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Grocery Glitches

Yesterday got disrupted by having to deal with a grocery glitch. After lunch, while I waited for the kettle to boil to make some afternoon tea, I put away my groceries. The bill had been a bit higher than I’d expected, but I knew I was doing a massive re-stock and buying holiday cooking supplies, so I hadn’t argued at the store. But as I put the groceries away, I was trying to do an estimated running total, and I didn’t get anywhere near the right amount. So I looked at the receipt and saw that it wasn’t just my groceries on it. The first half was the previous person’s order, with mine added on. Then I noticed that the credit card digits showing on it had nothing to do with mine, and it was even a different kind of credit card. So, I ended up running back to the store to straighten it all out. I had to stand in line at customer service, and it baffled the clerk there, who called in a manager. Two managers eventually came over, and they were baffled. They had to call in their front-end supervisor. That involved a lot more waiting (they paged him several times). He groaned because apparently this has been coming up with their latest system upgrade. He copied my receipt so they could investigate further. Fortunately, the person ahead of me has a Kroger Plus account, so they might be able to get in touch with her. They added up my actual bill (nearly $100 less than it had been), and I paid that. I haven’t noticed any odd charges on my card, so it looks like it didn’t get charged at all the first time, either for my groceries or the next person’s.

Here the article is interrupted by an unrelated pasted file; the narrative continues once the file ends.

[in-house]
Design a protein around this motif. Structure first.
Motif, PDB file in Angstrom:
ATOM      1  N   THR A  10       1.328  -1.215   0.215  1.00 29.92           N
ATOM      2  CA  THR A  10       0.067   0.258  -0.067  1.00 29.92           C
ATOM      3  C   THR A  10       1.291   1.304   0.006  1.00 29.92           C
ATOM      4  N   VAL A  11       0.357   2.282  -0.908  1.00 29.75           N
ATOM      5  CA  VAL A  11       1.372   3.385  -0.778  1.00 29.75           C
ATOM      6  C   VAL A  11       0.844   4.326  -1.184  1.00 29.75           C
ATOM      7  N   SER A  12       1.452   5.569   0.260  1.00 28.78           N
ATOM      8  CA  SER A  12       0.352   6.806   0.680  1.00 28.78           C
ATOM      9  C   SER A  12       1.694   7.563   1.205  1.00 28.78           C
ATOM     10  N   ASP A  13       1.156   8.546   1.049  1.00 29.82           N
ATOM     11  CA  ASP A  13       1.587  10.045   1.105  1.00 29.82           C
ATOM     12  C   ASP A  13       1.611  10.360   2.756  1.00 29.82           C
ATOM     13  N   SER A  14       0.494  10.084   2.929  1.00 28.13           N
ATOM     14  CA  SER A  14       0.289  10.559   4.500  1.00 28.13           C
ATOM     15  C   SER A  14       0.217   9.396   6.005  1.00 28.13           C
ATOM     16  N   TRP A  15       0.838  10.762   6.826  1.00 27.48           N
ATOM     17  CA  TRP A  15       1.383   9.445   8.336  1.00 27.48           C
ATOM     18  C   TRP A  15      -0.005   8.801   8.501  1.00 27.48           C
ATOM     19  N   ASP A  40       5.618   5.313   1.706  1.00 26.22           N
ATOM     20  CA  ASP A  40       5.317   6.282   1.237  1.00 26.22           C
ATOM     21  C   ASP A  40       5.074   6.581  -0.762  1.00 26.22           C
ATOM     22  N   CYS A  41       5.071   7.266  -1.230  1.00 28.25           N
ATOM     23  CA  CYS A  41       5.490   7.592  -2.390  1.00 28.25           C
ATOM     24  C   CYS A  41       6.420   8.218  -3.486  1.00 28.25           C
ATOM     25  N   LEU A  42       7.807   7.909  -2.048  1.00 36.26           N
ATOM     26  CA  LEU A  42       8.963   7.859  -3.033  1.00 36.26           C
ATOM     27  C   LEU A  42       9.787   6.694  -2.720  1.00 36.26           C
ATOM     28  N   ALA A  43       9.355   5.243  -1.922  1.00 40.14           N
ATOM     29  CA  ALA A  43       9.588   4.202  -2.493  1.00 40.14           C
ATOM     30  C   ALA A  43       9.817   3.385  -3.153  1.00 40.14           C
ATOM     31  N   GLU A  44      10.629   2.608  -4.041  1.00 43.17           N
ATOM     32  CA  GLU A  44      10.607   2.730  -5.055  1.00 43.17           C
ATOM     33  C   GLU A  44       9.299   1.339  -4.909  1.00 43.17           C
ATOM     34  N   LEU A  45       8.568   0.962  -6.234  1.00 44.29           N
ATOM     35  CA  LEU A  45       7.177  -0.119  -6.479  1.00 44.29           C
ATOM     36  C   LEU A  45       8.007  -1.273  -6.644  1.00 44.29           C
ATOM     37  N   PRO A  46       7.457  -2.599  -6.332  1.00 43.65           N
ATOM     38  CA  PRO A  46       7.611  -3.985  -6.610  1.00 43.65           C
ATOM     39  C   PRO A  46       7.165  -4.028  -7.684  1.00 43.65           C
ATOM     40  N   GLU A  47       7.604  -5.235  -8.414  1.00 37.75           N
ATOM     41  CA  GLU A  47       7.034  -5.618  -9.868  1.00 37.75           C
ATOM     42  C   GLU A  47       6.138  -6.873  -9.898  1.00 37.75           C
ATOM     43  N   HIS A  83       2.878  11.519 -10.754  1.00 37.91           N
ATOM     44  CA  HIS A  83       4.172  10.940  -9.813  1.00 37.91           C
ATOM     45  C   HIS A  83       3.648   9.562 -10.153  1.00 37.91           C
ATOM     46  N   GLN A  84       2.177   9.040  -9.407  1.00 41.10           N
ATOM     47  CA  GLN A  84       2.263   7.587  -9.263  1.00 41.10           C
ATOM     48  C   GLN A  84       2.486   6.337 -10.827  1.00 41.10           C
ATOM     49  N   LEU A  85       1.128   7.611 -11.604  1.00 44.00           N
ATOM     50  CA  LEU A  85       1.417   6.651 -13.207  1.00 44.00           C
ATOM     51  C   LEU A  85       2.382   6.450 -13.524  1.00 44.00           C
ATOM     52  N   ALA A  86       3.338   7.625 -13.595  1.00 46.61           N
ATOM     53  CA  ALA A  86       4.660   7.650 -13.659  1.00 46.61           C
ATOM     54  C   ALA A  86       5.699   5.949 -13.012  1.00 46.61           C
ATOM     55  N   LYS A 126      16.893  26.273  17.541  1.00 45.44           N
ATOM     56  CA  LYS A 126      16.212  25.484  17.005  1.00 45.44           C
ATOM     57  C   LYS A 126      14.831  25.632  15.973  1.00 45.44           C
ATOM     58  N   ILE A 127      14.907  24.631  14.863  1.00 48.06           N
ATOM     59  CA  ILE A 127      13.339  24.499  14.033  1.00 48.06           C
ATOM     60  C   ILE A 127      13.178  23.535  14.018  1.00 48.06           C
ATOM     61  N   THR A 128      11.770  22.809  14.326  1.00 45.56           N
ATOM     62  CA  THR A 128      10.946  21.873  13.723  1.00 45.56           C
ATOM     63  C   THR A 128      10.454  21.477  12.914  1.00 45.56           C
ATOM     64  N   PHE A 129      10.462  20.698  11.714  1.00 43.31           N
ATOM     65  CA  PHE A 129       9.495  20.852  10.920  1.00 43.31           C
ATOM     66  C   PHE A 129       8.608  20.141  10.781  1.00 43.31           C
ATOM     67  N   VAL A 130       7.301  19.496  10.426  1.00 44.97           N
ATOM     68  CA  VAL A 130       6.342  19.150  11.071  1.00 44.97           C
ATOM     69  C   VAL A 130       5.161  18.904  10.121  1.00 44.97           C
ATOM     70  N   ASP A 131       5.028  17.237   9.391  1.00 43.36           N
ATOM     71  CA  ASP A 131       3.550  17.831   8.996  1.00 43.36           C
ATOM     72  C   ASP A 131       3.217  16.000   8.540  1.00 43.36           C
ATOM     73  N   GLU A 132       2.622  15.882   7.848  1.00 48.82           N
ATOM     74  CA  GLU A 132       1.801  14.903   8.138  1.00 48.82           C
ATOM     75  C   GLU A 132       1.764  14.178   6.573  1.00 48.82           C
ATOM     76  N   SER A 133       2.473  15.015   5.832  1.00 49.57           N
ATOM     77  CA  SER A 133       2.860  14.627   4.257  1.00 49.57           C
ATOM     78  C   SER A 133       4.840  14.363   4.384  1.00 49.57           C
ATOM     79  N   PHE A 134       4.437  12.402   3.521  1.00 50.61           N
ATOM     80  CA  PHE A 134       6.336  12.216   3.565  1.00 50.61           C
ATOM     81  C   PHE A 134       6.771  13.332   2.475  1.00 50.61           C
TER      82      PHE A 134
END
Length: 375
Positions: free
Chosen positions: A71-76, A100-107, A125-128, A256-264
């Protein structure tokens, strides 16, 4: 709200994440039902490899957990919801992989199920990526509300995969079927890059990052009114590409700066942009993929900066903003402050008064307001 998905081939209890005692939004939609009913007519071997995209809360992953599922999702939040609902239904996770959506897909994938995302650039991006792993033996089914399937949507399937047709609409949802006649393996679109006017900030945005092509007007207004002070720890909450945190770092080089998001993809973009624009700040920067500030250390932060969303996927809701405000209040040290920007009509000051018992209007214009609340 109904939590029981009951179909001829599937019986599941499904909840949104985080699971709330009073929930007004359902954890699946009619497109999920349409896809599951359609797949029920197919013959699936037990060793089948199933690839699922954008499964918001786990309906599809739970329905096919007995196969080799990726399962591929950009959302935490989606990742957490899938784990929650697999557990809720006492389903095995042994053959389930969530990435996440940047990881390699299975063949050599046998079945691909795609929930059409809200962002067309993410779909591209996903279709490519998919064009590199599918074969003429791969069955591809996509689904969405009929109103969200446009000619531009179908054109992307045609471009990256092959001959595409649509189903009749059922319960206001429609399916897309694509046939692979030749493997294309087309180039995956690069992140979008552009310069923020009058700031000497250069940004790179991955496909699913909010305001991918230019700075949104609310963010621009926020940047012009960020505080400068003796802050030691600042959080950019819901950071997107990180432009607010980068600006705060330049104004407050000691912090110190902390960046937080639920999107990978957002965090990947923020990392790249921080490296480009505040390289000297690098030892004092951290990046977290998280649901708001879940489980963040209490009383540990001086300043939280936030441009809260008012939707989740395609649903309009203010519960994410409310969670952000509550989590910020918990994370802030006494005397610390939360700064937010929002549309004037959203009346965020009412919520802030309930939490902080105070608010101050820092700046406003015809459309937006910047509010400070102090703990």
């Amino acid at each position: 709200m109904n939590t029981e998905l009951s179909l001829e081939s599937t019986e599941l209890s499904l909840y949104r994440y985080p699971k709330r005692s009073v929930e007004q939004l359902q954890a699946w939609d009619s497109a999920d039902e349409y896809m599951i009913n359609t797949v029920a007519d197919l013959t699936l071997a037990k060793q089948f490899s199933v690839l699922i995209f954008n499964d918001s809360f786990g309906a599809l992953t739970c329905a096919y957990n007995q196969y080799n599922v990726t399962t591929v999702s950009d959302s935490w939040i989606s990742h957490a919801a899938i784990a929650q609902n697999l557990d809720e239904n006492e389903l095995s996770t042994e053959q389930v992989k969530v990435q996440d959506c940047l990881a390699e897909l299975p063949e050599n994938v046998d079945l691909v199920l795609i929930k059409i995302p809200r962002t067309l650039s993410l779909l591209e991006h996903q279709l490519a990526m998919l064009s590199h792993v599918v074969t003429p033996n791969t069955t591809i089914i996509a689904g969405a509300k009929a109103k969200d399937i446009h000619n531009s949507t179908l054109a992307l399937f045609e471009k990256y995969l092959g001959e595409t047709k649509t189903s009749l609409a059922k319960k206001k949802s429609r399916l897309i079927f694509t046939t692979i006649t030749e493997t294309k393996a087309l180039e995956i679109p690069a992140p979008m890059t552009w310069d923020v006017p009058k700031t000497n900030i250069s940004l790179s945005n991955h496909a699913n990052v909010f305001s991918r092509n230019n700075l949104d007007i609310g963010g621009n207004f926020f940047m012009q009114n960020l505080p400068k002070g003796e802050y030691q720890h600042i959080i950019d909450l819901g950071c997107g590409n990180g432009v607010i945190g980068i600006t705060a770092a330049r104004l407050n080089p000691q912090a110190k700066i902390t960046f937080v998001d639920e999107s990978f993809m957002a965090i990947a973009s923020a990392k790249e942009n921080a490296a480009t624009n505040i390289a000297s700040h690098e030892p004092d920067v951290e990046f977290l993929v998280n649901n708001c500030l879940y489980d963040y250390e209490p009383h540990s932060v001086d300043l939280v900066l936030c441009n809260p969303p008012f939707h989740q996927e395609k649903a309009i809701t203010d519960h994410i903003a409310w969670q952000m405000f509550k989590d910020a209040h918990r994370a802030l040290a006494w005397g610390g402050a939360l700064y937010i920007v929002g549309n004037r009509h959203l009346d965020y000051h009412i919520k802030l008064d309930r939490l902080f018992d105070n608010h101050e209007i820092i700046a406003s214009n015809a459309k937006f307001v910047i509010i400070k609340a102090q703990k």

And I was able to pick up something I realized I’d forgotten.

I think they were a little surprised that I came back to draw this to their attention when it actually worked in my favor, with someone else paying for my groceries. And unless this person pays close attention to her credit card account and notices that the amount is off, she might not notice this unless the store is able to do something to either contact her or void the transaction without having her card.

But I don’t know that I could have lived with myself taking advantage of something like that.

Anyway, I guess that’s a lesson to question when something seems that off and to keep an eye on your credit card statements. I’d have saved myself a trip if I’d said, “Whoa, how did I buy that much? That doesn’t seem right,” right there at the register.

But that was more than an hour out of my afternoon. Still, I’ve got an easy run toward completing the 50,000 word National Novel Writing Month goal. I may or may not get to the end of the story today.

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